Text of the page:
Mercedes EQS: Green Car Reports Best Car To Buy 2022 finalist

Mercedes-Benz has a well-earned reputation for making some of the best luxury vehicles in the world. And with the EQS, it shows the start of a new branch of the family while entirely on-brand, by building the most luxurious electric vehicle yet.  Forget about the EQC electric SUV, which never arrived, and the powered-by-Tesla B-Class […]

Mercedes-Benz has a well-earned reputation for making some of the best luxury vehicles in the world. And with the EQS, it shows the start of a new branch of the family while entirely on-brand, by building the most luxurious electric vehicle yet. 

Forget about the EQC electric SUV, which never arrived, and the powered-by-Tesla B-Class Electric Drive that was really only a California teaser. Underpinning the EQS is the new MEA platform, a dedicated EV foundation that allows for the flat, skateboard-like battery positioning that has designers boasting about how they can make the interior fit a size larger. 

If it weren’t for the arrival of the refreshed Tesla Model S and Plaid this year, as well as another new entry and finalist, the Lucid Air, it would be at the front of the pack in range and efficiency among large cars. The EQS can charge to 80% in as little as 31 minutes, and with a 107.8-kwh battery pack and cells from China’s CATL, it earns an EPA-rated 350 miles in EQS 450+ form while the EQS 580 goes 340 miles.

2022 Mercedes-Benz EQS

2022 Mercedes-Benz EQS

In single-motor EQS 450+ form—the only version that most of us here have driven up until now—the electric big Benz makes 329 hp and 419 lb-ft of torque and can accelerate it to 60 mph in 5.9 seconds. Dual-motor EQS 580 versions step it up to 516 hp and 631 lb-ft, with a 0-60 mpg time of 4.1 seconds. While they’re both quick, considering today’s bar for EVs costing more than $100,000, that’s the difference between meeting minimum expectations vs. shock and awe.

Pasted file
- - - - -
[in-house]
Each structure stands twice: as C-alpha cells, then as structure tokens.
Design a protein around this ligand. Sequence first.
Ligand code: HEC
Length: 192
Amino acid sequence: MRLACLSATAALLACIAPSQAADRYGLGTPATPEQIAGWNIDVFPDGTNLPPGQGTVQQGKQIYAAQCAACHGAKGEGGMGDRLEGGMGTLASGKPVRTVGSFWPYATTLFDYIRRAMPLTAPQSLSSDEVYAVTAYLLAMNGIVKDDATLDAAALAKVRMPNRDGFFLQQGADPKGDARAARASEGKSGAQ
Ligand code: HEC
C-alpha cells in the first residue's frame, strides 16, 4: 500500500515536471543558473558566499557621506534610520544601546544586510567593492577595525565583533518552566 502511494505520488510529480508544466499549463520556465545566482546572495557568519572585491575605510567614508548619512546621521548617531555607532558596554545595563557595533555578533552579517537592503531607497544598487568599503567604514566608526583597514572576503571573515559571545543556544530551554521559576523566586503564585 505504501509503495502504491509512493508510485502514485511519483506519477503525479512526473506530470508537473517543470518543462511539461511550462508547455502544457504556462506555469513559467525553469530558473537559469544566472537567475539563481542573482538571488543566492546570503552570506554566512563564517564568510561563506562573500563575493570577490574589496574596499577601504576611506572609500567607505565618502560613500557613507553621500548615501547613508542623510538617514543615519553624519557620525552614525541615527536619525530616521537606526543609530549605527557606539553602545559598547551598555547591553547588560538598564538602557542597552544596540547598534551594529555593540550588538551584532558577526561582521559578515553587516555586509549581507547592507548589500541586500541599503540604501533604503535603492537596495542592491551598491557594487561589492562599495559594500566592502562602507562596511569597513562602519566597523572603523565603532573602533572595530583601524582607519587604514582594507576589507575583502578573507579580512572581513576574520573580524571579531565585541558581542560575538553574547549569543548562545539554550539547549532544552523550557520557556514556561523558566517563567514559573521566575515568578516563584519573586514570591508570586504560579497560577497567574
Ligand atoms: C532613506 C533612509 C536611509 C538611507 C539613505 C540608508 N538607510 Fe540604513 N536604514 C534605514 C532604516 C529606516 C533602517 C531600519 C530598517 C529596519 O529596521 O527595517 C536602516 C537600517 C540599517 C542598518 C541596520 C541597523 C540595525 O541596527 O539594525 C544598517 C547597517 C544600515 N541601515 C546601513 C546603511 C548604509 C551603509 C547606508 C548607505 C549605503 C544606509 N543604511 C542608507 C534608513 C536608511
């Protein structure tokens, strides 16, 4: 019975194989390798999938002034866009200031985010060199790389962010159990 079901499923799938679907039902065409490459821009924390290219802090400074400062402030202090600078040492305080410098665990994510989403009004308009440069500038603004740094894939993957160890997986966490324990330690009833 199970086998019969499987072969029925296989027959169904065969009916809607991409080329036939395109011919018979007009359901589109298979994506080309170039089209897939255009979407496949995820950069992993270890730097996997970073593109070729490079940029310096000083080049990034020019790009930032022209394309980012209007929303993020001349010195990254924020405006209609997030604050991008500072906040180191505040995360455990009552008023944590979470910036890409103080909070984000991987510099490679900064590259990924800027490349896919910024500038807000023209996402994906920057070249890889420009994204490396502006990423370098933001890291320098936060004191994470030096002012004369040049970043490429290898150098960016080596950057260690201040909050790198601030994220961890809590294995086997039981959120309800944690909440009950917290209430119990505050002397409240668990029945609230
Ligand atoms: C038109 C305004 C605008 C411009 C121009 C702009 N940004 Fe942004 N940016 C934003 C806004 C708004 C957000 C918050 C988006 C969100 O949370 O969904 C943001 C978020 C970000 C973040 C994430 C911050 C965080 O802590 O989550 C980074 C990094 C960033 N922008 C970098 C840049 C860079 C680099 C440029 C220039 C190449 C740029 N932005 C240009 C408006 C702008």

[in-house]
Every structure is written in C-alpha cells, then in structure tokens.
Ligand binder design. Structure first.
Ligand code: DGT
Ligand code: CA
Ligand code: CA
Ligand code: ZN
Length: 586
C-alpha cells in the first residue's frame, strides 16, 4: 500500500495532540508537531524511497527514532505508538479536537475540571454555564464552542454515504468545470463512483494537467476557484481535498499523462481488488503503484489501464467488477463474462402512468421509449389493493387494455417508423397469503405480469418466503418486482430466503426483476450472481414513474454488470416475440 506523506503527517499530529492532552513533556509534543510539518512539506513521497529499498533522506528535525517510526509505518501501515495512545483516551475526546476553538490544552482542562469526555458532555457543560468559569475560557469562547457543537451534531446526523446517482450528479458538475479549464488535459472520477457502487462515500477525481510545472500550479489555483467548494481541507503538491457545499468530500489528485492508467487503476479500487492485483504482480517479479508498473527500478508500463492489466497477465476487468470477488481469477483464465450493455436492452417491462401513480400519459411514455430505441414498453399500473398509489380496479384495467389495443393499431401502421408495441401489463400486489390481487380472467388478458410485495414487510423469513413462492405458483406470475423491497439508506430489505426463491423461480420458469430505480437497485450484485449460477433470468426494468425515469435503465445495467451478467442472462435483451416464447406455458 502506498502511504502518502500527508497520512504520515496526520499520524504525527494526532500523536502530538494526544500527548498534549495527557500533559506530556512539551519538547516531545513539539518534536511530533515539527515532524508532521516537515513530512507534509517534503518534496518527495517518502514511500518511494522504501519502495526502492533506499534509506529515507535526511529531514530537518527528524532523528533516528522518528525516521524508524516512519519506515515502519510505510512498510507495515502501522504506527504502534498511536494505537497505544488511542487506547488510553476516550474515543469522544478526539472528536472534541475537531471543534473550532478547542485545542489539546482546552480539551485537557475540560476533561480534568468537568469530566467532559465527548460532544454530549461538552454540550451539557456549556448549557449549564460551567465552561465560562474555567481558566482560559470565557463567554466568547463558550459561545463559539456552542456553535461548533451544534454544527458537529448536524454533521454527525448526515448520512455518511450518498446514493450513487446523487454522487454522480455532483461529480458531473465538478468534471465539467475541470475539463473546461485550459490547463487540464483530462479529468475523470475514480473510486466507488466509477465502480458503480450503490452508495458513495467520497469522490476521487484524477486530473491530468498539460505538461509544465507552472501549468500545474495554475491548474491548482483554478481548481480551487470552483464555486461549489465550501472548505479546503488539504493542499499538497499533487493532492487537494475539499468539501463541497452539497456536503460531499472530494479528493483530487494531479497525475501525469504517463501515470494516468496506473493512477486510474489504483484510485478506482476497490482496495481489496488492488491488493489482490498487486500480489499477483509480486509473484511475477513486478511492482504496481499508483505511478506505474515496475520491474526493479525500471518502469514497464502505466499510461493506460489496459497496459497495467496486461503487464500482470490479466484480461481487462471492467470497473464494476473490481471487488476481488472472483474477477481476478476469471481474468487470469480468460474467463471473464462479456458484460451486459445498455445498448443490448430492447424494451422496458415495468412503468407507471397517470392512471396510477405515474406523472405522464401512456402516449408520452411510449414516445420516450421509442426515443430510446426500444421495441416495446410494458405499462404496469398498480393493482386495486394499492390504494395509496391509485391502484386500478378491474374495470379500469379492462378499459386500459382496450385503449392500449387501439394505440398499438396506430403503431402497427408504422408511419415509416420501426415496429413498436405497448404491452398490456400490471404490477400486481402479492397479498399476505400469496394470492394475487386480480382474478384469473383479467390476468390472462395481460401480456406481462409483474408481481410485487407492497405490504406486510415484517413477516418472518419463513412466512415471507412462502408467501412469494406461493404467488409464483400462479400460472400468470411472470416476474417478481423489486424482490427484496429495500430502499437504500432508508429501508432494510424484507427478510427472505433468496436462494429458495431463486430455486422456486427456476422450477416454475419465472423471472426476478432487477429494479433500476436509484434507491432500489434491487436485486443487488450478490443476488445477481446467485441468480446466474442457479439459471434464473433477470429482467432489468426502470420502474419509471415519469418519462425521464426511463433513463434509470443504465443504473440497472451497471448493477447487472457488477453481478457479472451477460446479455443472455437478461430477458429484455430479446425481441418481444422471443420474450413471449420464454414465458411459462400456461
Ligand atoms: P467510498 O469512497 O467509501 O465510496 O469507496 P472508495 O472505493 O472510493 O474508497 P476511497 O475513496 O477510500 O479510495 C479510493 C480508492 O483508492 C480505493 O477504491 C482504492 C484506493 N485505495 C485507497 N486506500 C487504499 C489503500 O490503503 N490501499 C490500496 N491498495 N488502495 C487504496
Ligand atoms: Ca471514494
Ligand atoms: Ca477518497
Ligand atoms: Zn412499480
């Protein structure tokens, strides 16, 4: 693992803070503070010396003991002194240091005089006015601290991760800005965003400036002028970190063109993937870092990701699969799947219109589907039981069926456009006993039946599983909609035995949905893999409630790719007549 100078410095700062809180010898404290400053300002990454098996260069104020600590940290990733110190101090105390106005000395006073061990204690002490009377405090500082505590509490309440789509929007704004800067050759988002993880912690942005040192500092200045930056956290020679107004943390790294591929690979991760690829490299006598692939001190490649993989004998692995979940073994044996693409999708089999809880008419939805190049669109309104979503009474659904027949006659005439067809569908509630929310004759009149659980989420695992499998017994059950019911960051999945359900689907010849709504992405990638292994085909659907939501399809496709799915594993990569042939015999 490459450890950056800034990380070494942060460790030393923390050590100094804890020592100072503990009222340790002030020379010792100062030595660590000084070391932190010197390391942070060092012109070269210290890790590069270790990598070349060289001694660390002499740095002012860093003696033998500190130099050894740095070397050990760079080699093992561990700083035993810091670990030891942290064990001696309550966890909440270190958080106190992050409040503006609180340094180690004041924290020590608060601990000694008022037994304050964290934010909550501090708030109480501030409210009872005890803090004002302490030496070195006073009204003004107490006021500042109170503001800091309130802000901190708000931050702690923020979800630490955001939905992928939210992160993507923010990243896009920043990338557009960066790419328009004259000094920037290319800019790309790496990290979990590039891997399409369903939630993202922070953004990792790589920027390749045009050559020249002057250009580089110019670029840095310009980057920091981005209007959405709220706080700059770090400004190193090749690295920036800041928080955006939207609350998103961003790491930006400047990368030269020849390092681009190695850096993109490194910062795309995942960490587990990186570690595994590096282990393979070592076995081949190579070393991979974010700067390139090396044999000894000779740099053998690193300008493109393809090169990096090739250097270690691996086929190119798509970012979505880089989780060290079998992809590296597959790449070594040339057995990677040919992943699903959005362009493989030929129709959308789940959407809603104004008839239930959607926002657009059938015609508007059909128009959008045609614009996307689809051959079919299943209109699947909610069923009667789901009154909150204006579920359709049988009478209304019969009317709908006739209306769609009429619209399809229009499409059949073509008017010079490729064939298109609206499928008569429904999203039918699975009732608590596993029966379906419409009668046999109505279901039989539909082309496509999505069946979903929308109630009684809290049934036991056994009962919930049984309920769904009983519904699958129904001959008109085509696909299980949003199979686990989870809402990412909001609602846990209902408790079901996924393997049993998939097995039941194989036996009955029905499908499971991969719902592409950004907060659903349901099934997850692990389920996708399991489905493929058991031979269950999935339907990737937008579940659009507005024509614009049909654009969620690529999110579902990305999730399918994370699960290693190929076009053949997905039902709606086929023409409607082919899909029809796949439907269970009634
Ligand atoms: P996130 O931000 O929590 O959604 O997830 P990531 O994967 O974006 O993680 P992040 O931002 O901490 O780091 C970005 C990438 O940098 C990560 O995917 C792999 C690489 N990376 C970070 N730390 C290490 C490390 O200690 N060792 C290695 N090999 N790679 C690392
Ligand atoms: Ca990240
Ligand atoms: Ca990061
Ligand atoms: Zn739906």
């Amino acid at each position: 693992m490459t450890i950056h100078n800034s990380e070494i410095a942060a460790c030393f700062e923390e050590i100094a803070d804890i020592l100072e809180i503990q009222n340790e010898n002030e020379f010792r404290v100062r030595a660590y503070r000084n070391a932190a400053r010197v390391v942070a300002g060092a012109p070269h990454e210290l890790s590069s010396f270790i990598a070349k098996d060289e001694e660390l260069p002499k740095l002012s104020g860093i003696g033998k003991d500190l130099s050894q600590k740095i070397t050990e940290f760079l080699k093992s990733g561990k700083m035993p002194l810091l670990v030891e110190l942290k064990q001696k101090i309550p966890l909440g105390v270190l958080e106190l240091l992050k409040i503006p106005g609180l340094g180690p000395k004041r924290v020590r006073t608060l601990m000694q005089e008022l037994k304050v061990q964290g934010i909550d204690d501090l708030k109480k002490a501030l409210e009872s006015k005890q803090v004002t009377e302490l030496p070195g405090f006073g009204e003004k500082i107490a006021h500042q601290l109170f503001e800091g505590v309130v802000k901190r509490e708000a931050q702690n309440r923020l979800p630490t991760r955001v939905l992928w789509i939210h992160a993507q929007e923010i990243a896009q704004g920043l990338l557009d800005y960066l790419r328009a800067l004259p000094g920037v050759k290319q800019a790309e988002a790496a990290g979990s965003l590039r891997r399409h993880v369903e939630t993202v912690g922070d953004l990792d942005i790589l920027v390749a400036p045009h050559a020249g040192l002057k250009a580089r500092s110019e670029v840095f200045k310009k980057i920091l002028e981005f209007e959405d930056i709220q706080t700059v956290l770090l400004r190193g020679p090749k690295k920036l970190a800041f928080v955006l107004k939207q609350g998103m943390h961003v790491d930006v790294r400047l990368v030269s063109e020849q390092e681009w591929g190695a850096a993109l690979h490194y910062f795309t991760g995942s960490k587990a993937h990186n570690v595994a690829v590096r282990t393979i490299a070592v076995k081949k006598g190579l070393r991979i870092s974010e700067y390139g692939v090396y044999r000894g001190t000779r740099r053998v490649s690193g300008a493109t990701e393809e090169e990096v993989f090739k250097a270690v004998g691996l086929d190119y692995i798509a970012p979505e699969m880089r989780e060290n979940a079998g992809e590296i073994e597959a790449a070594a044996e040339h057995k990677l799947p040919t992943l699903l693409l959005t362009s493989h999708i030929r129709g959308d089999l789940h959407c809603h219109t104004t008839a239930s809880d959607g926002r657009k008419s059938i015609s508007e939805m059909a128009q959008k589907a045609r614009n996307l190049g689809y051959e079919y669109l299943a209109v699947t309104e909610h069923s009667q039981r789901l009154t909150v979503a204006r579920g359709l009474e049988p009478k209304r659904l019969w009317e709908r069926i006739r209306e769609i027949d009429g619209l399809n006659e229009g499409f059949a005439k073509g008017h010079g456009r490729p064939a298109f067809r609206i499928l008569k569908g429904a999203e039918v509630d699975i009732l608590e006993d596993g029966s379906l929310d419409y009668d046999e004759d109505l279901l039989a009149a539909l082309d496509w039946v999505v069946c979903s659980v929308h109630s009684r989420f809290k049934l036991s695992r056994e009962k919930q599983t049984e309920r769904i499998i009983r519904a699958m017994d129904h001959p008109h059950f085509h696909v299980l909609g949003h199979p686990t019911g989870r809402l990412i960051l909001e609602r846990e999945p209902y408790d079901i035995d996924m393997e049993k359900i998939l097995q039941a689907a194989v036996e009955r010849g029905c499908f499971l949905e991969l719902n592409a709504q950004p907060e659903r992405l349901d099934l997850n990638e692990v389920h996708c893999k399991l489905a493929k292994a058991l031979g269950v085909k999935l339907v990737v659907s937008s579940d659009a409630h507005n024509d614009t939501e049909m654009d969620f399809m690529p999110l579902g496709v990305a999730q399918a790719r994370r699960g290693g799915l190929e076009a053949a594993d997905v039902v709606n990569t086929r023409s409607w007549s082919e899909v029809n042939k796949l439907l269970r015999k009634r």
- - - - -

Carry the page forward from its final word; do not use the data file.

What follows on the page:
In ride and handling, the EQS goes beyond either of those qualifiers. Its three-chamber air suspension and adaptive dampers inherited from the S-Class, combined with sharp steering, give it ride and handling attributes that transcends the portly 5,500 lb. But its rubbery, remote brake-pedal feel and imprecise stopping is confounding. 

As much as the EQS (mostly) mirrors the S-Class driving experience, it goes a very different way in packaging. Despite riding on a cab-forward, dedicated electric vehicle platform, the EQS doesn’t feel extraordinarily spacious. Front seats are excellent, with the uber-supportive seats that we’ve come to expect in top-level Benzes, providing all-day driving comfort. The usability of rear leg room appears to have fallen victim to battery packaging, while the roofline contours keep anyone approaching 6 feet tall from getting very comfortable in the back seat, although the fastback layout leaves plenty of space for stuff. You want to be in the driver’s seat of this car, not the one being driven. 

2022 Mercedes-Benz EQS

2022 Mercedes-Benz EQS

As automakers shift to EVs, should they aim to simplify and minimize the interface, like Tesla, or should they embrace the future with a whole lot of screen space and customization? Mercedes does the latter with the EQS, as the debut venue for a new Hyperscreen interface that makes the entire dash screen space and can feel more like a nightclub at times, for better or worse. Mercedes says that “the focus is on uncomplicated, touch-based operation”—the stuff of eyerolls after a first test, although we see that once a great number of choices and customizations are navigated past it can be essentially whatever you want it to be.

With all attention on the Hyperscreen at first, you might not even notice that the materials in the EQS are better than any other electric car in existence. The EQS has the interior you show your friends. It’s far and away the quietest EV inside, although a selection of synthetic noises with New Age sounds will break the silence if you wish. 

2022 Mercedes-Benz EQS

2022 Mercedes-Benz EQS

Although the electric EQB SUV due to arrive next year doesn’t connect to the EQS, the flagship does set the stage for a new generation of vehicles, including a duo of electric SUVs due to be made in Alabama and an EQE sedan also due here in the U.S. 

The EQS starts at $103,360, and it isn’t a high-volume or mass-market car; but it shows that the luxury establishment is, a decade after the Model S, finally taking fully electric seriously.